MacKenzie Scott has given more than $4 billion to 384 organizations toward organizations across all 50 states, Puerto Rico and Washington, D.C., including food banks, debt relief programs, and legal defense funds. Her philanthropic effort is designed to help mitigate the impact of the pandemic on low-income Americans. Scott wrote about her efforts on Tuesday in a new Medium post titled “384 Ways to Help.” Via Medium
To select these 384, the team sought suggestions and perspective from hundreds of field experts, funders, and non-profit leaders and volunteers with decades of experience. We leveraged this collective knowledge base in a collaboration that included hundreds of emails and phone interviews, and thousands of pages of data analysis on community needs, program outcomes, and each non-profit’s capacity to absorb and make effective use of funding. We looked at 6,490 organizations, and undertook deeper research into 822. We put 438 of these on hold for now due to insufficient evidence of impact, unproven management teams, or to allow for further inquiry about specific issues such as treatment of community members or employees. We won’t always learn about a concern inside an organization, but when we do, we’ll take extra time to evaluate. We’ll never eliminate every risk through our analysis, but we’ll eliminate many. Then we can select organizations to assist — and get out of their way.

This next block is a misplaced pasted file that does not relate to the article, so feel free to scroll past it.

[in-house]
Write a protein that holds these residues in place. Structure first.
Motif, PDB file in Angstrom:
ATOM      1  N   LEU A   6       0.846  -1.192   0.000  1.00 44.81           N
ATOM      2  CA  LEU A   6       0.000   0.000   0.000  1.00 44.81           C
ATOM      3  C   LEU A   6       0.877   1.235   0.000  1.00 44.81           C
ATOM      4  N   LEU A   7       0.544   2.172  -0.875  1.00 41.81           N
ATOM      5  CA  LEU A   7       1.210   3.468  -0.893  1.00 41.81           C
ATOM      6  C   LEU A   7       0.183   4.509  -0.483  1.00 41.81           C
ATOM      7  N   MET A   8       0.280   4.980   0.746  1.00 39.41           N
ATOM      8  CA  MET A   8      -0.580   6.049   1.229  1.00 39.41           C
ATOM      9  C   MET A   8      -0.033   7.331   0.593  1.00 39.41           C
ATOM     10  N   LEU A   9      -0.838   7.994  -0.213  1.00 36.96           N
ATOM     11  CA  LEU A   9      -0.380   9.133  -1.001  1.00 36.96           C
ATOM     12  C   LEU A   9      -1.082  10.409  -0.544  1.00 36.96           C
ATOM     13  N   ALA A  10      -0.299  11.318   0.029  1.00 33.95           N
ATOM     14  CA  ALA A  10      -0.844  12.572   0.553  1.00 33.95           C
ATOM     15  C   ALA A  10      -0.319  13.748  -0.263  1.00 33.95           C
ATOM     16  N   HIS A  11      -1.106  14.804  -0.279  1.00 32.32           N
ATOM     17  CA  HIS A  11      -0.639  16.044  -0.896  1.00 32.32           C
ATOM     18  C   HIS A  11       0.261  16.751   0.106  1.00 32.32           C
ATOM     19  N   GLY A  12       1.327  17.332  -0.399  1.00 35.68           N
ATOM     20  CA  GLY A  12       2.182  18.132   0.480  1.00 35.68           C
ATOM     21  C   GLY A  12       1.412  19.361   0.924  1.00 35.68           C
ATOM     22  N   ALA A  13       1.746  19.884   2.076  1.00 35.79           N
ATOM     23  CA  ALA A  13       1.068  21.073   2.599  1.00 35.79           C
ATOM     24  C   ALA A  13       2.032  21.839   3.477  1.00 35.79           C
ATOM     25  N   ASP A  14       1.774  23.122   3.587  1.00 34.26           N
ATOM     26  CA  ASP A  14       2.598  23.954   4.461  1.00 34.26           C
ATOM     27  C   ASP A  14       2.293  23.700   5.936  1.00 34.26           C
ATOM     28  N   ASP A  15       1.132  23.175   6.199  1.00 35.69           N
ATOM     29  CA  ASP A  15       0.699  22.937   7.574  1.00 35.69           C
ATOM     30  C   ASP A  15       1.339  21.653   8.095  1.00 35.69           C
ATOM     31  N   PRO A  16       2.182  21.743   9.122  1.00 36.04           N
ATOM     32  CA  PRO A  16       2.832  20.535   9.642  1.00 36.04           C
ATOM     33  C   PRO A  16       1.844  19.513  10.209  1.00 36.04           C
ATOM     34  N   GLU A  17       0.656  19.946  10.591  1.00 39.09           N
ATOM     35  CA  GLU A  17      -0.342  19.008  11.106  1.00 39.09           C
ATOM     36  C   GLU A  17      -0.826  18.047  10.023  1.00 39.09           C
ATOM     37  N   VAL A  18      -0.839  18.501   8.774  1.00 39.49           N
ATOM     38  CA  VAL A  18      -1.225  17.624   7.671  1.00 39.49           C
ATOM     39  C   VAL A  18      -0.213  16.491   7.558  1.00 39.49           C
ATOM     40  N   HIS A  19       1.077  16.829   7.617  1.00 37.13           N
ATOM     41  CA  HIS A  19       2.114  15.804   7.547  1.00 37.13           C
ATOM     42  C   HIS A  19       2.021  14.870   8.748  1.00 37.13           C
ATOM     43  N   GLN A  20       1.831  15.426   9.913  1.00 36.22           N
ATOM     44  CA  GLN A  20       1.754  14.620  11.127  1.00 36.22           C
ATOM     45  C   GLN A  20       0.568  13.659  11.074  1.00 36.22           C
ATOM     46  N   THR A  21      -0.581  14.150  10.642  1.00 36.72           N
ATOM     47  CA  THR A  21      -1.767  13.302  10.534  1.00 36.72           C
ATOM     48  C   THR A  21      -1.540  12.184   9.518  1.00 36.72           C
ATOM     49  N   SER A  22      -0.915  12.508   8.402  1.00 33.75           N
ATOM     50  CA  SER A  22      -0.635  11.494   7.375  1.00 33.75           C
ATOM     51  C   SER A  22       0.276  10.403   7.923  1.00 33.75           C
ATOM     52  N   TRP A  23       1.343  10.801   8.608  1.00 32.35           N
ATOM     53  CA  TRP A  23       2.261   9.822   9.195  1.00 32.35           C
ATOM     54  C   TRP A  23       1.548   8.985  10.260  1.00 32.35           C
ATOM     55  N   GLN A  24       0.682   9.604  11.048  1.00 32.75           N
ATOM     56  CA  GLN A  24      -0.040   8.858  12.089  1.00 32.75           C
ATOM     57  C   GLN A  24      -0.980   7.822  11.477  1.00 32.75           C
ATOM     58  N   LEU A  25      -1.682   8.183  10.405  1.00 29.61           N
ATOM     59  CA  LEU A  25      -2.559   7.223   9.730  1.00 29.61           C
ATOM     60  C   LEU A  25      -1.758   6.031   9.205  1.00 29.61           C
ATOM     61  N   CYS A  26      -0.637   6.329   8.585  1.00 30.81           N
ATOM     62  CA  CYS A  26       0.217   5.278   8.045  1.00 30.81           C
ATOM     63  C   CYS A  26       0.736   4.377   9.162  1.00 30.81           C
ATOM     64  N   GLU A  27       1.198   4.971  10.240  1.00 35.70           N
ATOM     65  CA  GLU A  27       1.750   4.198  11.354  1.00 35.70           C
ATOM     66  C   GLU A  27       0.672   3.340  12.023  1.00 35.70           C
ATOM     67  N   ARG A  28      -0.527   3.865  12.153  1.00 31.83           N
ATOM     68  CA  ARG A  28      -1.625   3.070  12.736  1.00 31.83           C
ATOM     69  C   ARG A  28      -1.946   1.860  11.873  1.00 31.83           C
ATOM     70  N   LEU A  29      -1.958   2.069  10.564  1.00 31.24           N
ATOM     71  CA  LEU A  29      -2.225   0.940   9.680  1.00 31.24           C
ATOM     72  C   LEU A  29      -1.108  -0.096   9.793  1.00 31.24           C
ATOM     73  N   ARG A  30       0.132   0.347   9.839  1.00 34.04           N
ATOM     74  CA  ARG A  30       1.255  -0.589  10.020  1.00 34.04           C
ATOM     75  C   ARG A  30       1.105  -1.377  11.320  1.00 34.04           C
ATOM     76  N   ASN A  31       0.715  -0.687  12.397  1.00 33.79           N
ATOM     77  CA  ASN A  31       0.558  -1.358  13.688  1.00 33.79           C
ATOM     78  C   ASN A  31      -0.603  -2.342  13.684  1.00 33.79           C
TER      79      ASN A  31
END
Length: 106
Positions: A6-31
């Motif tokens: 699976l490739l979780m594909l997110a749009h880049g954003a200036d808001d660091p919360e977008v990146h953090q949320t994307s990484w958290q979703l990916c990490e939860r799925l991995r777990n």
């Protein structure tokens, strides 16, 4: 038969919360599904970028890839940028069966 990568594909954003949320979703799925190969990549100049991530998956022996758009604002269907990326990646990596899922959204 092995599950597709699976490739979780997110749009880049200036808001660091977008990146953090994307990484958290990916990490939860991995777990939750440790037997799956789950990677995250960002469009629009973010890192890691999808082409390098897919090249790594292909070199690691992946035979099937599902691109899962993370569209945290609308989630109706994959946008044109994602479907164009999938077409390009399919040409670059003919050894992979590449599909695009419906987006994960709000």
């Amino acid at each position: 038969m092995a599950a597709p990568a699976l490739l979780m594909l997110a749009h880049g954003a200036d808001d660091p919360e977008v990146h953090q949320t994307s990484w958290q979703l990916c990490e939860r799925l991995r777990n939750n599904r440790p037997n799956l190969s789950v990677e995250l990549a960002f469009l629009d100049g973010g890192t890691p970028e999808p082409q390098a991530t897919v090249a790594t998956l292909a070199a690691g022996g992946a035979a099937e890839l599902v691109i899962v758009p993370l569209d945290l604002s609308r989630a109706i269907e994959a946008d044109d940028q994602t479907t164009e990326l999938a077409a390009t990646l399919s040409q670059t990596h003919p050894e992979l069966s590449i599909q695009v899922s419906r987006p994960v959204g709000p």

We do this research and deeper diligence not only to identify organizations with high potential for impact, but also to pave the way for unsolicited and unexpected gifts given with full trust and no strings attached. Because our research is data-driven and rigorous, our giving process can be human and soft. Not only are non-profits chronically underfunded, they are also chronically diverted from their work by fundraising, and by burdensome reporting requirements that donors often place on them. These 384 carefully selected teams have dedicated their lives to helping others, working and volunteering and serving real people face-to-face at bedsides and tables, in prisons and courtrooms and classrooms, on streets and hospital wards and hotlines and frontlines of all types and sizes, day after day after day. They help by delivering vital services, and also through the profound encouragement felt each time a person is seen, valued, and trusted by another human being. This kind of encouragement has a special power when it comes from a stranger, and it works its magic on everyone. We shared each of our gift decisions with program leaders for the first time over the phone, and welcomed them to spend the funding on whatever they believe best serves their efforts. They were told that the entire commitment would be paid upfront and left unrestricted in order to provide them with maximum flexibility. The responses from people who took the calls often included personal stories and tears. These were non-profit veterans from all backgrounds and backstories, talking to us from cars and cabins and COVID-packed houses all over the country — a retired army general, the president of a tribal college recalling her first teaching job on her reservation, a loan fund founder sitting in the makeshift workspace between her washer and dryer from which she had launched her initiative years ago. Their stories and tears invariably made me and my teammates cry.